How To Hold Government Accountable for Reducing Plastic Pollution

Last week, the UN Environment Programme (UNEP) launched a #CleanSeas campaign to “turn the tide on plastic.” The campaign educated people all over the world about the 8 million tons of plastic going into our oceans every year and urged individuals to take action to reduce their plastic footprint on the earth. Make a commitment here.  

According to the UNEP, countries across the globe are already making reduction commitments: Indonesia will cut marine litter by an astounding 70 percent by 2025; Uruguay has pledged to adopt a nationwide plastic bag fee in 2017; and Costa Rica is amping up education and improving waste management to reduce plastic pollution.

While these government pledges—and the more than 700 individual commitments—are a successful start, solving the plastic pollution crisis requires collaboration between communities, businesses, and governments. When governments commit to taking actionable steps to reduce plastic pollution worldwide, communities must be ready to hold their governments to those promises.

This process is already in action all over the world. When people in Rwanda advocated for a plastic bag ban with penalties for offenders the government followed through, and the ban has been upheld in the country since 2008. In California, the Department of Resources Recycling and Recovery (CalRecycle) partners with local government to ensure that waste diversion and recycling happens and that environmental commitments are kept. And in 2016, a grassroots movement of community members and organizations helped California uphold the state-wide plastic bag ban.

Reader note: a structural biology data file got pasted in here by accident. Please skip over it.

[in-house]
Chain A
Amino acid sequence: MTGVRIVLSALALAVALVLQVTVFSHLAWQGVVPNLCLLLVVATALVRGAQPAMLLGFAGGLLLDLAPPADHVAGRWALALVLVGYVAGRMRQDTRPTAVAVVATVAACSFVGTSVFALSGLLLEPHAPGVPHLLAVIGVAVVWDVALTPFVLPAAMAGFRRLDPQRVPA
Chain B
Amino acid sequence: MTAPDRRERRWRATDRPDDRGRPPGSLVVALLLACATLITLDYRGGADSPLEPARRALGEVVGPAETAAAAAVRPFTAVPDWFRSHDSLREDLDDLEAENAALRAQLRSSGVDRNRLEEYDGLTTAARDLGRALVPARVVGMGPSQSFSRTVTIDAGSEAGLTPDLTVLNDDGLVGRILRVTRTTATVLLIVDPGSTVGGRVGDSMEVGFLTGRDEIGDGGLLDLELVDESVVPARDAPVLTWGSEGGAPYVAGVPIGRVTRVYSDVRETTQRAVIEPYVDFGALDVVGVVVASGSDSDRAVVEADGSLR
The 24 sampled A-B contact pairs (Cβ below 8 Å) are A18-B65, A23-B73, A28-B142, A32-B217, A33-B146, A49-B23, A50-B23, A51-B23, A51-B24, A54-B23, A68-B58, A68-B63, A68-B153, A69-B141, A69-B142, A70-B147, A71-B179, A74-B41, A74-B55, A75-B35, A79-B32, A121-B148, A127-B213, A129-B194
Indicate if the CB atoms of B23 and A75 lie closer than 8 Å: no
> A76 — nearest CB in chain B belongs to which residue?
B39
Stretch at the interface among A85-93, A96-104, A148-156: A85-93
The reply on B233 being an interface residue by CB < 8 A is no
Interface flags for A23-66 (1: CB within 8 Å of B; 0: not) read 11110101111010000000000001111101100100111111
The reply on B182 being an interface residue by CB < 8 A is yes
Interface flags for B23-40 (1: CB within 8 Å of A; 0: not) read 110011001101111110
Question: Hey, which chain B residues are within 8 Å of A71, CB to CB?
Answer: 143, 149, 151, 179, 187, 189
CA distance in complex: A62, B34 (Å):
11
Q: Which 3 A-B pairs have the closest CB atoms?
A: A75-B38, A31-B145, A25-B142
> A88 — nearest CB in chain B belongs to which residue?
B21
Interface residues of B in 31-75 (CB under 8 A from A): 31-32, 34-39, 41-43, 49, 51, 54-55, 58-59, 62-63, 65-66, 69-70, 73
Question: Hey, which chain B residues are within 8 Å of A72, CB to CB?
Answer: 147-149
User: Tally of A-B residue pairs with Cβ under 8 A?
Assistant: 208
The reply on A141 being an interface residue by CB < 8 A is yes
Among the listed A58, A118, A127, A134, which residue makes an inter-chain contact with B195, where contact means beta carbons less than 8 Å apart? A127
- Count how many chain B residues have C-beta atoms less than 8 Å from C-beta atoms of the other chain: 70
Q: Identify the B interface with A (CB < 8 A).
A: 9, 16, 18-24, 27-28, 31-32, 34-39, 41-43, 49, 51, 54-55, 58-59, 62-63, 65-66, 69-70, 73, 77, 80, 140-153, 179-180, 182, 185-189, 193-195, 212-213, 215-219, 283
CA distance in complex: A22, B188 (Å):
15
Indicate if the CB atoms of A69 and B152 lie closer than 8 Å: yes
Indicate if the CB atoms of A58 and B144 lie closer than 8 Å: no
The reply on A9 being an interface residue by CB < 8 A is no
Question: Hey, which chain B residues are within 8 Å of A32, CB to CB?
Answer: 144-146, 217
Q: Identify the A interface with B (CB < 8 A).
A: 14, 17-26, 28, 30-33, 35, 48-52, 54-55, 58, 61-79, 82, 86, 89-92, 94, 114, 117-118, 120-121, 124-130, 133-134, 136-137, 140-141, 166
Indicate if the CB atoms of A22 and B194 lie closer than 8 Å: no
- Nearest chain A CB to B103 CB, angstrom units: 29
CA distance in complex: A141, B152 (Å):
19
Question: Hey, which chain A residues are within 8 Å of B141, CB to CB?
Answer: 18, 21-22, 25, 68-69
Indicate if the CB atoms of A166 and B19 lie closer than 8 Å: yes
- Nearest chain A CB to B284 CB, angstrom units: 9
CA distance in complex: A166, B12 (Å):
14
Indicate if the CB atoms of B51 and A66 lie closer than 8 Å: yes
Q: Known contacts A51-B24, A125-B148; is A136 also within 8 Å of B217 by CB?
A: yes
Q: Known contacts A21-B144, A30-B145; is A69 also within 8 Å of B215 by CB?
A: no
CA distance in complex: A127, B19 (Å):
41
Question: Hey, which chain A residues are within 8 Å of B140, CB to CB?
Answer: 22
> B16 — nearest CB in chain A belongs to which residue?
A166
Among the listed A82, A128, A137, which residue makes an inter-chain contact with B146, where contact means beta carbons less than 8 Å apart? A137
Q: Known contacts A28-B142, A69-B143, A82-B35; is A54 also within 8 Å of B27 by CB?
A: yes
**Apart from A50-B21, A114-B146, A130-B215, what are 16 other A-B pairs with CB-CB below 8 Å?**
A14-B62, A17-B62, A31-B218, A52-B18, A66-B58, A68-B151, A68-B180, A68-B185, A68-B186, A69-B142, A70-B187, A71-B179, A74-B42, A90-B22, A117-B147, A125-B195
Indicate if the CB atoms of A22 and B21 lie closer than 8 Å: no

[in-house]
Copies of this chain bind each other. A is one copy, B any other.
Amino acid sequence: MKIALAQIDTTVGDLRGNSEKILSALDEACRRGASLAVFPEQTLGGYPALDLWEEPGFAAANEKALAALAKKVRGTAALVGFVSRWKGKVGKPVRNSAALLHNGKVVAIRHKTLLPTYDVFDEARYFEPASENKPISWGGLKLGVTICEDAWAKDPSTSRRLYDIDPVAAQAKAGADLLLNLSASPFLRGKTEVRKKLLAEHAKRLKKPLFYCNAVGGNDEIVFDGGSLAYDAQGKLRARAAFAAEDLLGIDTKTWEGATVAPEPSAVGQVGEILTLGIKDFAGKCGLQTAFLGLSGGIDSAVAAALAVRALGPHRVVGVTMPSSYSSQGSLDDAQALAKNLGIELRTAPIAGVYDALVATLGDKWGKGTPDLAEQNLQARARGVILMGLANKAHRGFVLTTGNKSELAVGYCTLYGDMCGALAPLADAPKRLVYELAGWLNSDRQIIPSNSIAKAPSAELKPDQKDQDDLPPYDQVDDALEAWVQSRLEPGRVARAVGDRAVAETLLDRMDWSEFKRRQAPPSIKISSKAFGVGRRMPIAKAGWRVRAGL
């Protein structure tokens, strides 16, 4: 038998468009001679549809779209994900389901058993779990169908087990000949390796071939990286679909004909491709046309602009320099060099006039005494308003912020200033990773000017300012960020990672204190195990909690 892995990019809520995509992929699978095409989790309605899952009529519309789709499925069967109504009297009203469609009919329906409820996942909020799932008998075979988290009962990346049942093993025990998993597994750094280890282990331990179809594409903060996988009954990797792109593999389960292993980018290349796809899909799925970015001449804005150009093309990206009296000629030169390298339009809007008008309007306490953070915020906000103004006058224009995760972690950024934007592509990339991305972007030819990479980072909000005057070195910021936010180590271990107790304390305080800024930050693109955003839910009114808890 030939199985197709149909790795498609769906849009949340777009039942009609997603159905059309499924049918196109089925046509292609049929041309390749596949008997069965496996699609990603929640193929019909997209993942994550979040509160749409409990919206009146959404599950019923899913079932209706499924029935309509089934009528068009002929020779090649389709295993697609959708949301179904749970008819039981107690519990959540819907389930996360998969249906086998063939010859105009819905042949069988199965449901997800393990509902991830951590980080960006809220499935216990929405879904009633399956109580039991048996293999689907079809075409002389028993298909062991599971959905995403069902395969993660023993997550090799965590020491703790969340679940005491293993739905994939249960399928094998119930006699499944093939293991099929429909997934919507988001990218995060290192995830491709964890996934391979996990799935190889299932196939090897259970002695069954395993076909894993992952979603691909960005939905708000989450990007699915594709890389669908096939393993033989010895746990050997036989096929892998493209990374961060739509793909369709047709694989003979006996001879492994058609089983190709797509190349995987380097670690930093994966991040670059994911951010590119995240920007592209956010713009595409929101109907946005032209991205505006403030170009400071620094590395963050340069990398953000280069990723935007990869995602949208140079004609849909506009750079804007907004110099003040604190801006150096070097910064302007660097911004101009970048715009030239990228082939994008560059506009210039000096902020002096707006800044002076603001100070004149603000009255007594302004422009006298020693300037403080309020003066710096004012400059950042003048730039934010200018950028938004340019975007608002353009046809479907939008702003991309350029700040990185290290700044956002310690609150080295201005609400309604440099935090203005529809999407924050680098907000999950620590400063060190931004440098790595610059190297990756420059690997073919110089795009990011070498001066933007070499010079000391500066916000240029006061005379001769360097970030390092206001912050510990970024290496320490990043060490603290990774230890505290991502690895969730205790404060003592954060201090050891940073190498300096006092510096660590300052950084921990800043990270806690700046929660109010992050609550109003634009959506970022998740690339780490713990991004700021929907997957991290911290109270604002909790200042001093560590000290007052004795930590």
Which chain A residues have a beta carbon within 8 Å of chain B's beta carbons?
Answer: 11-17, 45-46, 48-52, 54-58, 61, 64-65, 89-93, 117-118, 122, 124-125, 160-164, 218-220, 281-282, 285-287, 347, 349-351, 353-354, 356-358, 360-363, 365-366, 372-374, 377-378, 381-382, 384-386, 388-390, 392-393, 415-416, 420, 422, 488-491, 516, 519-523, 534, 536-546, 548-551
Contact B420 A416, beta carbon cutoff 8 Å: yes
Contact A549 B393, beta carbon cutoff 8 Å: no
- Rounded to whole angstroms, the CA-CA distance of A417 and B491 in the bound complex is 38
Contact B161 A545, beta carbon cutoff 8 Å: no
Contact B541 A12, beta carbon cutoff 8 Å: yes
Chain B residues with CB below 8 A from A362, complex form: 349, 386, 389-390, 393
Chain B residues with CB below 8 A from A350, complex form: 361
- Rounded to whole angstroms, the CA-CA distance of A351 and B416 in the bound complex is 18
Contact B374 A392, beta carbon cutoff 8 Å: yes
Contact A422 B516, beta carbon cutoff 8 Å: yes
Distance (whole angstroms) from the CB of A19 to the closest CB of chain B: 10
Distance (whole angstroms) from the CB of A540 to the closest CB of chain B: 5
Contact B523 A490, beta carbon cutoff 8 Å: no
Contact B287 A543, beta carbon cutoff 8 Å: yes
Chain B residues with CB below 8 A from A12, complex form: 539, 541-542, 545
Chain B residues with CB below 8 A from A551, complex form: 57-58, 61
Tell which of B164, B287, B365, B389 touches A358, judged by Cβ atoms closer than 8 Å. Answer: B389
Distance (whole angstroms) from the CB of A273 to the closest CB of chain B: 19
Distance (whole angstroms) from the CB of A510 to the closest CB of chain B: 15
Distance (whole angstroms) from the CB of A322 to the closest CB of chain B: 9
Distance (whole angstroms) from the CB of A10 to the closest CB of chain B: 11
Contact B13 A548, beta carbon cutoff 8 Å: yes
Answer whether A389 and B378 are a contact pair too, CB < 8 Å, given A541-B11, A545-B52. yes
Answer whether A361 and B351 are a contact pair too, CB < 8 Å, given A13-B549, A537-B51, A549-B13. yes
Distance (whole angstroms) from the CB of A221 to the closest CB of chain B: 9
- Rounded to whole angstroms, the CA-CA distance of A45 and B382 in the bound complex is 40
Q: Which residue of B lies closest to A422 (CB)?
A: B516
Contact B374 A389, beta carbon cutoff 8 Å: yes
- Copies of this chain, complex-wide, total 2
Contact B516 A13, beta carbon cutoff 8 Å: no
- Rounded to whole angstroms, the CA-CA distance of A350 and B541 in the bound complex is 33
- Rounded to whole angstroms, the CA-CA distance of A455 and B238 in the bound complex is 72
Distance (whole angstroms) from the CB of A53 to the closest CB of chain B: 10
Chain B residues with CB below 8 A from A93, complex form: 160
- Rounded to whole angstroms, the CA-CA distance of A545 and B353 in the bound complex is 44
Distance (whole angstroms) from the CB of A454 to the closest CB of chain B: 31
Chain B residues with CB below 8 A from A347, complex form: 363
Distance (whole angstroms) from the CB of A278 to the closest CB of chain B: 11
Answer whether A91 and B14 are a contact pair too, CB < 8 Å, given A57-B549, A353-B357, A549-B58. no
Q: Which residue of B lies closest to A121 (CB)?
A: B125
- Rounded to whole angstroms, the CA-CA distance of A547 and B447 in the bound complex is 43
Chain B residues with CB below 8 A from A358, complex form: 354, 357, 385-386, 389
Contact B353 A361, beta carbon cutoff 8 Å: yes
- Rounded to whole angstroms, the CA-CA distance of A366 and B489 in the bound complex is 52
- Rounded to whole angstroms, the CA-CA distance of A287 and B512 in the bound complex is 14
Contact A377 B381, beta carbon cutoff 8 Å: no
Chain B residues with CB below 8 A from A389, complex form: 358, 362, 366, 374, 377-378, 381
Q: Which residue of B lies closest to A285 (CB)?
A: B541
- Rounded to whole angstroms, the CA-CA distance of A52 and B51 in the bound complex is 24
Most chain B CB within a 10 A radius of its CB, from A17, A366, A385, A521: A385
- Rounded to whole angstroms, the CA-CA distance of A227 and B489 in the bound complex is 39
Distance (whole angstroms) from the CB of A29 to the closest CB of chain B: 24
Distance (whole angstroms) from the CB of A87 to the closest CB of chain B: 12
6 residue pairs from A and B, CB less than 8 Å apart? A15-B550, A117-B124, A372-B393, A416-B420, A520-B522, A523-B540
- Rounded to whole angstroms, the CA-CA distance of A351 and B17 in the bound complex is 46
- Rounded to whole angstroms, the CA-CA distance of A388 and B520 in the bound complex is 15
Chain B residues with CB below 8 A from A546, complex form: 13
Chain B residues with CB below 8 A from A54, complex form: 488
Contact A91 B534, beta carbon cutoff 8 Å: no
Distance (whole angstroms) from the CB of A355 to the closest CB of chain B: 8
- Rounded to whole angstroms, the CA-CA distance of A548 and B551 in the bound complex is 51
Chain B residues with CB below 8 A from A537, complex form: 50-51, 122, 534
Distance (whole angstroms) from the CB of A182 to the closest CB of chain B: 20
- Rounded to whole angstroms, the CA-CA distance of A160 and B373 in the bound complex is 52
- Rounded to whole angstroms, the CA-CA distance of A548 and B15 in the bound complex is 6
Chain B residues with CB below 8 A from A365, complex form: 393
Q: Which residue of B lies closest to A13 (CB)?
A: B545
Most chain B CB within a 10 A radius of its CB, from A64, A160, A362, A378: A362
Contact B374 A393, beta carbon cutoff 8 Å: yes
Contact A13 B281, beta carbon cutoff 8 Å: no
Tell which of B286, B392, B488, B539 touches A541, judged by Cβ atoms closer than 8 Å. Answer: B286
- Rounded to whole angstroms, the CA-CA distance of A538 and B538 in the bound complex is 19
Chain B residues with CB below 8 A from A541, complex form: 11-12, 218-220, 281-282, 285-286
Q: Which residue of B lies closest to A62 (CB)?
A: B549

Here are five things we all can do to hold governments accountable:

  1. Contact your representatives. Tweet at them, call them, or write letters and emails. (Don’t know who your representatives are? Find out in the US, in Europe, and in the UN.)
  2. Ask your representatives to release strategies for combating plastic pollution. For example, find out whether your country has banned microbeads in personal care products, and if they haven’t, send a letter urging action.
  3. Ask for a timeline. Whether you ask your local government to ban plastic bags or your national government to ban microbeads, request a detailed timeline for implementation. Did you know? The U.S. and more than 70 other countries are working to promote transparency and fight corruption through the Open Government Partnership. In the U.S., you can demand access to documents through the Freedom of Information Act.
  4. Show up to community events. After making your voice heard by writing your representative, show up to public forums, committee meetings, speaking events, and other gatherings your representatives hold locally. Tell your politicians your concerns about the plastic pollution crisis and listen to their responses.
  5. Follow up. Use the information you’ve gathered to ensure your representatives keep the commitments they’ve made. Call, email, and follow up again. Thank them when measures pass that reducing plastic pollution and protect the environment. If they fail to meet your expectations, tell them. For instance, you can start by letting New York Governor Andrew Cuomo know that he failed to protect community rights by letting the plastic bag industry preempt New York City’s bag ban—a bad precedent for local vs. state/national rights all over the world.

Looking for a place to start? Learn how to start a plastic bag ban or polystyrene ban in your town.

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